However, there is a second way. And it’s this way that makes poker so exciting. We might not actually have a strong hand but we can pretend that we do so by “bluffing”. We might make a big bet representing that we are very strong. Our opponent is under no obligation to “call” our bet if they feel they are beaten.

They have the option to give up on the pot and “fold”. The good news for them is that he won’t lose any additional chips – the bad news is that they must sacrifice everything they have wagered so far.

Every time a player makes a bet, they place that bet into the middle of the table. The collection of chips in the centre is referred to as the “pot”. If we get all of our opponents to fold, we don’t need to show our hand and we win whatever is in the pot.

The Psychology

One of the reasons that players love poker is for the psychological aspect. Figuring out whether or not our opponents are bluffing can be exciting. It can also be a great feeling when we are able to successfully pull off a bluff, and get our opponents to fold when we hold nothing.

It’s often said that poker is a game of people, not a game of cards. Sure, we need the cards in order to play, but the best decision at any point will often be based on who we are playing.

Are they the type to believe us when we make big bets or not?
Do they like to gamble or are they risk-averse?
How likely are they to try and bluff us?

Many plays may give off “tells” or signals that indicate what type of hand they are holding. Perhaps they appear agitated or nervous. Maybe the opposite is true and they appear overly casual. Perhaps they place their chips into the pot forcefully, or maybe they slide their chips smoothly and calmly. All of these visible indicators can help us to understand what type of holding our opponent might have.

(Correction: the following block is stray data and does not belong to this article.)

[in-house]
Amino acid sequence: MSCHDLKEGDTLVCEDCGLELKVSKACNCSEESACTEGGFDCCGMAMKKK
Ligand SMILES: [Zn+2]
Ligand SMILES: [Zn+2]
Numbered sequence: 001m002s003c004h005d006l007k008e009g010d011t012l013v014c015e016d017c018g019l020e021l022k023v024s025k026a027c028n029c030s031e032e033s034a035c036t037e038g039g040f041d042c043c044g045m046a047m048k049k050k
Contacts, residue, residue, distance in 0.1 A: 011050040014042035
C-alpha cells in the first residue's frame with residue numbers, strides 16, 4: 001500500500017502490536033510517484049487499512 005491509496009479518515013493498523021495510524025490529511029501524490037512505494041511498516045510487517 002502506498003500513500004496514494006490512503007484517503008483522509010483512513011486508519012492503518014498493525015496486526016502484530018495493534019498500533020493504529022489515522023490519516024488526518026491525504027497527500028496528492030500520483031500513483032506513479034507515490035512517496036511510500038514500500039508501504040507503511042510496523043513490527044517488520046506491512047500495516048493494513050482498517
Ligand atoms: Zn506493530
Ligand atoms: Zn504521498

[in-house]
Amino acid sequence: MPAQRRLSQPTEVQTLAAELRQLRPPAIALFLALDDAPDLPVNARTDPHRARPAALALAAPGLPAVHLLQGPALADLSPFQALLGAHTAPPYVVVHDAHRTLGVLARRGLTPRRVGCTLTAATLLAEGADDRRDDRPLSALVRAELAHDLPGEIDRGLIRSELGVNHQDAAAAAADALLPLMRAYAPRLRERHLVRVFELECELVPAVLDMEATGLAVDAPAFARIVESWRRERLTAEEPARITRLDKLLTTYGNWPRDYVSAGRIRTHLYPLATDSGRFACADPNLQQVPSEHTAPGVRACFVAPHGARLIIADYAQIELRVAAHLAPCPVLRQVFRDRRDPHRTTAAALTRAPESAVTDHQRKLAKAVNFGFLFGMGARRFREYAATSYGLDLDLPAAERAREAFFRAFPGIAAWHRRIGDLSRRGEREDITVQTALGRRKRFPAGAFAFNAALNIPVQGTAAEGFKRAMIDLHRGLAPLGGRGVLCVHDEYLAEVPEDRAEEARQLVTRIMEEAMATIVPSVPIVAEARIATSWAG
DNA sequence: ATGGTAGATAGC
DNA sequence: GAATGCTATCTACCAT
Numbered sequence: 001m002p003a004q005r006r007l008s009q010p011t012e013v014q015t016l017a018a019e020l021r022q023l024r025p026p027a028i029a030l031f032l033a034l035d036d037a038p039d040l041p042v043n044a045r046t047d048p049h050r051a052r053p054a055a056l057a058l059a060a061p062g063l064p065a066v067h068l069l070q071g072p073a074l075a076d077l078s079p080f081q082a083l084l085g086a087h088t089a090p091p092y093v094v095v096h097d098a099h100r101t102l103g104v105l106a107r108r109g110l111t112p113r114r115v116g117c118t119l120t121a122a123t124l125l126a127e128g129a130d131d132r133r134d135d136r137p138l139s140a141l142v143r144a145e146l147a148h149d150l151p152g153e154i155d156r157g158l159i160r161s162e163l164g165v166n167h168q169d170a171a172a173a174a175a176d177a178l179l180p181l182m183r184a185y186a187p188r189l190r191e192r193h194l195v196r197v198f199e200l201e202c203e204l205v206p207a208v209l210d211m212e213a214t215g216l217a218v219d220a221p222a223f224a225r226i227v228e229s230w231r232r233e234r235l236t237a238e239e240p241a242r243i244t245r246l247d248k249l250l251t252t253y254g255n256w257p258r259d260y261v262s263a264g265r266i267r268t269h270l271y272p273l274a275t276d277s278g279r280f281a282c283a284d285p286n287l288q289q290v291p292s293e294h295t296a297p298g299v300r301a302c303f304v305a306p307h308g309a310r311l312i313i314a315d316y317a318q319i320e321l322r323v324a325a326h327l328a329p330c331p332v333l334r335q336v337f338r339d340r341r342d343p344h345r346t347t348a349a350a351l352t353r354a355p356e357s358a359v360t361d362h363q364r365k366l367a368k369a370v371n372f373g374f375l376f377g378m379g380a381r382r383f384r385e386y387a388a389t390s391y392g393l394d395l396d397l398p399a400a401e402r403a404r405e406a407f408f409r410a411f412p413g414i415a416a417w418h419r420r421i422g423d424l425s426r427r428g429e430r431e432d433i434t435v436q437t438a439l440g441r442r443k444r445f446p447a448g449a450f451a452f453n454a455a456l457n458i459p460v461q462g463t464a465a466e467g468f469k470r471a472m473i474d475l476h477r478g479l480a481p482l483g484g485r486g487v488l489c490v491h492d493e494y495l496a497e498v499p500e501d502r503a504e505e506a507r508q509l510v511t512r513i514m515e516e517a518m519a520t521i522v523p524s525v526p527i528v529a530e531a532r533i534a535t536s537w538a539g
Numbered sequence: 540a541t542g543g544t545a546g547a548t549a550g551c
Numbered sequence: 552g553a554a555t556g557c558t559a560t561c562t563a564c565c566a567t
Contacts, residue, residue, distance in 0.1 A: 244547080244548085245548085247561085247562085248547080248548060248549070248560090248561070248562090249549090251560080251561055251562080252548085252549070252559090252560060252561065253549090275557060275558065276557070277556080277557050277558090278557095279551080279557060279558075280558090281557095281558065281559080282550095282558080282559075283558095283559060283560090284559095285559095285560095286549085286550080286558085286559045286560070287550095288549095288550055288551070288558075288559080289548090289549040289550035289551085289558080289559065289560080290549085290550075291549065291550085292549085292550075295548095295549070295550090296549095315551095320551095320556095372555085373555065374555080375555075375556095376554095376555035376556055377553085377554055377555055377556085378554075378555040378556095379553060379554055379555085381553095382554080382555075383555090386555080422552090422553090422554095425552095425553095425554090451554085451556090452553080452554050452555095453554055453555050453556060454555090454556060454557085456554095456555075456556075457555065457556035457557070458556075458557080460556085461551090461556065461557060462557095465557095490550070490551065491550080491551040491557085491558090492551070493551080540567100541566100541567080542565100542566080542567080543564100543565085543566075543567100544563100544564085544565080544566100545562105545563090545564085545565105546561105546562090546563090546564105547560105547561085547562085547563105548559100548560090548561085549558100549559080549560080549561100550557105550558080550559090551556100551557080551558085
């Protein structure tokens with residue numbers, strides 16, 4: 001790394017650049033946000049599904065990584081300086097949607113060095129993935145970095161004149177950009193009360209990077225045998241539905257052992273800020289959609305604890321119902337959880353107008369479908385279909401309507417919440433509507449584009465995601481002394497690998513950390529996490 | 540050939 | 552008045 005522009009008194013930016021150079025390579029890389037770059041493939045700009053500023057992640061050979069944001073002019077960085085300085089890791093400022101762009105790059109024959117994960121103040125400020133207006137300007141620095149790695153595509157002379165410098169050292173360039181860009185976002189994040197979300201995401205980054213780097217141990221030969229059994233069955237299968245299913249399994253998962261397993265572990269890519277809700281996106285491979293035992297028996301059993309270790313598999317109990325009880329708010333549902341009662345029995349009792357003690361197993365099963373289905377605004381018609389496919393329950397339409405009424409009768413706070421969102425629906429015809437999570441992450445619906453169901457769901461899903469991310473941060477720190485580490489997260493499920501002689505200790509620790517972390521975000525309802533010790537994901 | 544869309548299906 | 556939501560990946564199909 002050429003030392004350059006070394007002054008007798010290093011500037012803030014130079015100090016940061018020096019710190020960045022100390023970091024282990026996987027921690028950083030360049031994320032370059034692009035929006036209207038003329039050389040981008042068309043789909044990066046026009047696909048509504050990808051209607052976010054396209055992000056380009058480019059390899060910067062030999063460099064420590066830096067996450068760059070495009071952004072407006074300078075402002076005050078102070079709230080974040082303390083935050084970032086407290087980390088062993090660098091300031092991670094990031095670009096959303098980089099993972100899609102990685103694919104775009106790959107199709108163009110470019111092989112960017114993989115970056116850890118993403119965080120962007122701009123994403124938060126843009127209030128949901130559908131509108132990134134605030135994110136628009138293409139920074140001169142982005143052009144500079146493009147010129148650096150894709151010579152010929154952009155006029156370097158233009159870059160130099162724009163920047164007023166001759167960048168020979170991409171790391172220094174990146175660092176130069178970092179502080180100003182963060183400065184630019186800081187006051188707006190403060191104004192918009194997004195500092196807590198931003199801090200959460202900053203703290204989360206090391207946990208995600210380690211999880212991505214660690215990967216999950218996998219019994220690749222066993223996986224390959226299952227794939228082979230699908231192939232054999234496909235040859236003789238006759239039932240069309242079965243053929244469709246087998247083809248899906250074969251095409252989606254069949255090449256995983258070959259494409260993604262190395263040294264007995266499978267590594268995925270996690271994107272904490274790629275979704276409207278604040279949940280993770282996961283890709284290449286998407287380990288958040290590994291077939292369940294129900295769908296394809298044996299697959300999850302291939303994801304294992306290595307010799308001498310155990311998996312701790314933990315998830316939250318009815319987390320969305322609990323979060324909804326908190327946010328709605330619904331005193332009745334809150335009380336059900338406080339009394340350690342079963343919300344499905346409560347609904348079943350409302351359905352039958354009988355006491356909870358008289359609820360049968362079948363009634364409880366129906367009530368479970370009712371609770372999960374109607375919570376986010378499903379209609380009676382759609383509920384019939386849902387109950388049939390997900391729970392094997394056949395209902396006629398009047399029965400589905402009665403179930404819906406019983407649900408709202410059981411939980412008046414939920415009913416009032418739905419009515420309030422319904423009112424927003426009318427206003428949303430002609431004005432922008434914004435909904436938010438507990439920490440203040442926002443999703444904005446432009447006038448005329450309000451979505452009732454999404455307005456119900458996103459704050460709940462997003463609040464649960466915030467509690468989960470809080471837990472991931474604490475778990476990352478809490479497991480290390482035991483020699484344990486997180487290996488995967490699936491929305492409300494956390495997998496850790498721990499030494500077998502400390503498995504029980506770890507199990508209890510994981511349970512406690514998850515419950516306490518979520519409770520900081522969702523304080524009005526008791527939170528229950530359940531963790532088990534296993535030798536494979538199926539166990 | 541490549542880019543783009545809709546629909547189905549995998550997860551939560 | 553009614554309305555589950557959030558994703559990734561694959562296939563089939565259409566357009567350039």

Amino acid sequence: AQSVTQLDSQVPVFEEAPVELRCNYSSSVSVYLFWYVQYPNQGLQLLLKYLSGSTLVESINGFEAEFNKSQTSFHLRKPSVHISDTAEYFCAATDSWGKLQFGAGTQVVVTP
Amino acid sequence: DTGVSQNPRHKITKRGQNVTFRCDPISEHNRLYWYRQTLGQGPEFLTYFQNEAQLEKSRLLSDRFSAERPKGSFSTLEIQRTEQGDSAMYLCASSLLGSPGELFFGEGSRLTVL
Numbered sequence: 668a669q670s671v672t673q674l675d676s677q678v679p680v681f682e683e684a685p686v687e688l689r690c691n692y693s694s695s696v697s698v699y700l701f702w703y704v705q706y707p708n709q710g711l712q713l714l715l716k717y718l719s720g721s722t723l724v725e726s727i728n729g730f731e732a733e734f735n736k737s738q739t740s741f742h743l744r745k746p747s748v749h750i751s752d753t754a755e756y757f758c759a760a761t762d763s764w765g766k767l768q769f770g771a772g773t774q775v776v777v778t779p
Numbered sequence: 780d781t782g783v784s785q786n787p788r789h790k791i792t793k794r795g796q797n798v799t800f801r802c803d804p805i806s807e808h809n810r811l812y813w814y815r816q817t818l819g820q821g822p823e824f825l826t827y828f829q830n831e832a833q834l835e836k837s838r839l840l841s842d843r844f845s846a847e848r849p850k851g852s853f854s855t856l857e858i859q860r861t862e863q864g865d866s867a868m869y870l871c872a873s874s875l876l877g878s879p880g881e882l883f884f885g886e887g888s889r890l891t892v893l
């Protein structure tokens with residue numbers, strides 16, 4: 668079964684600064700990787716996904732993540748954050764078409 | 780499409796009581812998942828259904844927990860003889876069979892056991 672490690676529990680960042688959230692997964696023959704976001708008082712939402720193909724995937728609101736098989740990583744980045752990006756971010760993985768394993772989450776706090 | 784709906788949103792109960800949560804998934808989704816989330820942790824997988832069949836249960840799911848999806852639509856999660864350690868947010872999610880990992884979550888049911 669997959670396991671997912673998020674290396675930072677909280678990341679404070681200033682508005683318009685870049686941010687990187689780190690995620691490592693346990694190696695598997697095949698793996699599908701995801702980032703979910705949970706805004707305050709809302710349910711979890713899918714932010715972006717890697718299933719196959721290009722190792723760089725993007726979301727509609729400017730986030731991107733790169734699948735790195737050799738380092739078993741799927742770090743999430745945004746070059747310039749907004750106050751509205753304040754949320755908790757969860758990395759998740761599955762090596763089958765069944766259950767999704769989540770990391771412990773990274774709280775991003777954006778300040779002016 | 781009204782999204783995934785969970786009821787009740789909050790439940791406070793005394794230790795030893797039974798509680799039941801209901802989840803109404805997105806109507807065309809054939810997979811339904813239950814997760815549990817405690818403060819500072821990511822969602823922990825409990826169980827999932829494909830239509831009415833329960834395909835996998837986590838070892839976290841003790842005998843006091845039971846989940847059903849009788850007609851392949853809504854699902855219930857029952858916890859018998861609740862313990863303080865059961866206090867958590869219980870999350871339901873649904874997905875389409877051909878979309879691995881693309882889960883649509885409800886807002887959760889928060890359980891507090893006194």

Why Play Poker?

Many people mistakenly feel that poker is a game of luck, similar to other casino games such as blackjack and roulette. Unlike the average casino game, however, poker is a game of skill. The best players will win in the long run.

It’s true that the outcome of any individual hand of poker could depend a little bit more on luck than it does skill, but the luck will even out in the long run. The players that make the best decisions at the tables will consistently win the most money over the course of many hands.

As such, poker can provide us with an intellectual challenge, rather than simply a form of entertainment. It draws on and teaches us the following disciplines:

  • Statistics and Probability
  • Game Theory
  • Psychology

It also teaches us useful skills regarding our mental state, along with discipline and organisation. In other words, learning to play poker can teach us a lot about managing other areas of our life. There can also be large financial benefits to playing. Because it is a game of skill, many players opt to make poker their profession and take up full-time play.

Even if we don’t ever decide to play poker at a professional level, it can be a great way to relax and have fun with our friends.

Good luck and see you at the tables!

Chad Holloway is a 2013 WSOP Bracelet winner who has previously worked for PokerNews as a managing editor and live reporter